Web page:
As anticipated, there was no carpy action during the main part of the day. I had to wait until early evening before anything transpired. And so, at 6.05 pm a jittery take on the middle rod produced a well controlled fight without drama. My quarry, which turned out to be a 13lb 8oz Common wallowed nicely in the deeper water in the central part of the margin, allowing me to net it at the first opportunity. Satisfyingly, I'd hardly put the rod back on its spot before it was away again at 6.20 pm with a one toner. Once again, it behaved impeccably resulting in a fine 14lb 12oz Mirror. Thereafter, the action slowed and darkness fell without prompting any further takes. It was during this slack period that Pat texted me to say that he'd lost two and that it had now gone quiet for him too. Naturally, I was only too pleased to let him know that I'd nailed my two chances and to sing the praises of my own rig choice relative to his apparently unreliable type. Clearly, my self confidence was ill founded, as at 10.55 pm I suffered the first of a series of disasters. The left hand rod, adjacent to the heavily baited patch signaled a rapid take. I had to apply a fair amount of side strain to prevent it from going round the island into the corner of peg 4. Slowly I managed to coax it into the shallow water on the left hand side of the banking. At this point it suddenly changed tack and shot under my other two rods. Alas, reverse side strain in shallow water put excessive pressure on the hold and inevitably the hook pulled with the carp only inches away from the waiting net. Aaaargh! not what I wanted.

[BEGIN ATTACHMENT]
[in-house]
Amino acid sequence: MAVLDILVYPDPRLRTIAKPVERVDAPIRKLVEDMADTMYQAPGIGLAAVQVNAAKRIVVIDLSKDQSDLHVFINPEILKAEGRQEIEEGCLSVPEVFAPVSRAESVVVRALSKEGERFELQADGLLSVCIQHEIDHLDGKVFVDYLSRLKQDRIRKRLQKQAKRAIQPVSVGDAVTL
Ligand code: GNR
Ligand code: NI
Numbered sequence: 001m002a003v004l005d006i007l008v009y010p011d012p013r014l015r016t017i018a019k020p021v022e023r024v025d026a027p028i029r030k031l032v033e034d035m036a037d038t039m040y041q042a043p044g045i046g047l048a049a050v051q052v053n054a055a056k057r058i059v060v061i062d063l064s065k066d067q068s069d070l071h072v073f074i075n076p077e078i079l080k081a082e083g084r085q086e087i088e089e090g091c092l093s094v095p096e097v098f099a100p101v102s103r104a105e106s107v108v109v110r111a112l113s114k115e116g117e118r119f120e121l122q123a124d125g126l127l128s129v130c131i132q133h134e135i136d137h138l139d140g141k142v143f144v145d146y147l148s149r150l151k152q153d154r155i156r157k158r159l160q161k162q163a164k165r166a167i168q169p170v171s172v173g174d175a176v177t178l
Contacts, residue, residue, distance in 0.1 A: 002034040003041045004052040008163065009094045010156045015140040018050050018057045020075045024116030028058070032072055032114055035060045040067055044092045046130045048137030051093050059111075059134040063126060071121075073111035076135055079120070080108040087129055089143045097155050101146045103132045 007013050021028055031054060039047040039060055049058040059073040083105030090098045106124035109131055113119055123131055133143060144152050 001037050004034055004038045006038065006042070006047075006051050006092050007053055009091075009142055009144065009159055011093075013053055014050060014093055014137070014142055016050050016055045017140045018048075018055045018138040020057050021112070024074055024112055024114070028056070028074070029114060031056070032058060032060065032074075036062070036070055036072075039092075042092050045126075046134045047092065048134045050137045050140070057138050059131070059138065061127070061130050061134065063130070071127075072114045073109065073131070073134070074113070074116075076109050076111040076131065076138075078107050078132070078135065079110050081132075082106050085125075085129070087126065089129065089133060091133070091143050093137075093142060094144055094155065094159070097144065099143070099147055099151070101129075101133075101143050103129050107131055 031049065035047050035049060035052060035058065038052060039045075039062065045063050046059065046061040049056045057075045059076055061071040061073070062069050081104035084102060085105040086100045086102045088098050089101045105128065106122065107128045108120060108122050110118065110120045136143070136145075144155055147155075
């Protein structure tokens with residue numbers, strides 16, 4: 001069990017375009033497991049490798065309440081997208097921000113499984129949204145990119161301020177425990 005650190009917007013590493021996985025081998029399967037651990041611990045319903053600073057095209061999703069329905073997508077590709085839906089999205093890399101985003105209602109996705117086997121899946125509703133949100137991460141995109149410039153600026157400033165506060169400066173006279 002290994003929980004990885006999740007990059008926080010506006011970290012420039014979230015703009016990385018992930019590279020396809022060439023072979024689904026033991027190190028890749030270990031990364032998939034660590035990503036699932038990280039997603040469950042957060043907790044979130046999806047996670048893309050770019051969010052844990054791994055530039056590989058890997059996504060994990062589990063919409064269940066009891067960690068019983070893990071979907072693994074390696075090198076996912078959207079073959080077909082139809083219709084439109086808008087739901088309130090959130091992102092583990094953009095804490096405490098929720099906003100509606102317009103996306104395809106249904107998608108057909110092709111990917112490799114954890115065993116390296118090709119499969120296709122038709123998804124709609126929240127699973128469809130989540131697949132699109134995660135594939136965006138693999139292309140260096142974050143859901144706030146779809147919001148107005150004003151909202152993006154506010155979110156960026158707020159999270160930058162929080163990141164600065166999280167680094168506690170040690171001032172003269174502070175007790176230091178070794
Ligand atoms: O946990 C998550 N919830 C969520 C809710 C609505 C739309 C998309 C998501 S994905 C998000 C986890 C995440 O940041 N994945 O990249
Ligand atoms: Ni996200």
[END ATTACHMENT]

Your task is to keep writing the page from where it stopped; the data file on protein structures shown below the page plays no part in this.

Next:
Ruefully, I put the rod back out to its spot and went to bed. At 01.35 am, I was awakened by another screaming take on the same rod. This time, I attempted to bring it to the right hand side of the banking away from the other rods. Unfortunately, my adversary was having none of it. It hugged the margin with such tenacity that I ended up with the blighter picking up both other lines. I could see from its large silver flanks in the light of my head torch that this was a sizeable carp. My efforts to raise the other rods out of the way failed miserably and eventually the hook pulled once more, leaving me totally wrecked and despondent. To make matters worse, at 02.35 am and at 03.00 am I received two more rapid takes on the left hand rod that ultimately proved to be abortive, with me striking at nothing. Of course, when I checked the offending hook point properly in the sober light of day, I discovered that it was well and truly turned over, meaning that it had altogether failed to get a proper purchase inside the mouth of at least two carp. Naturally, Pat had overcome his initial problems and put two carp on the bank in the early hours.
And so, this week left me with a few issues to resolve (namely, how to safely bank carp in shallow margin water, in the proximity of other lines), plus a heightened resolve to check my hook points to the point of OCD. Still, at least I managed to bank a couple of double figure carp and to pack away without getting completely soaked through once again.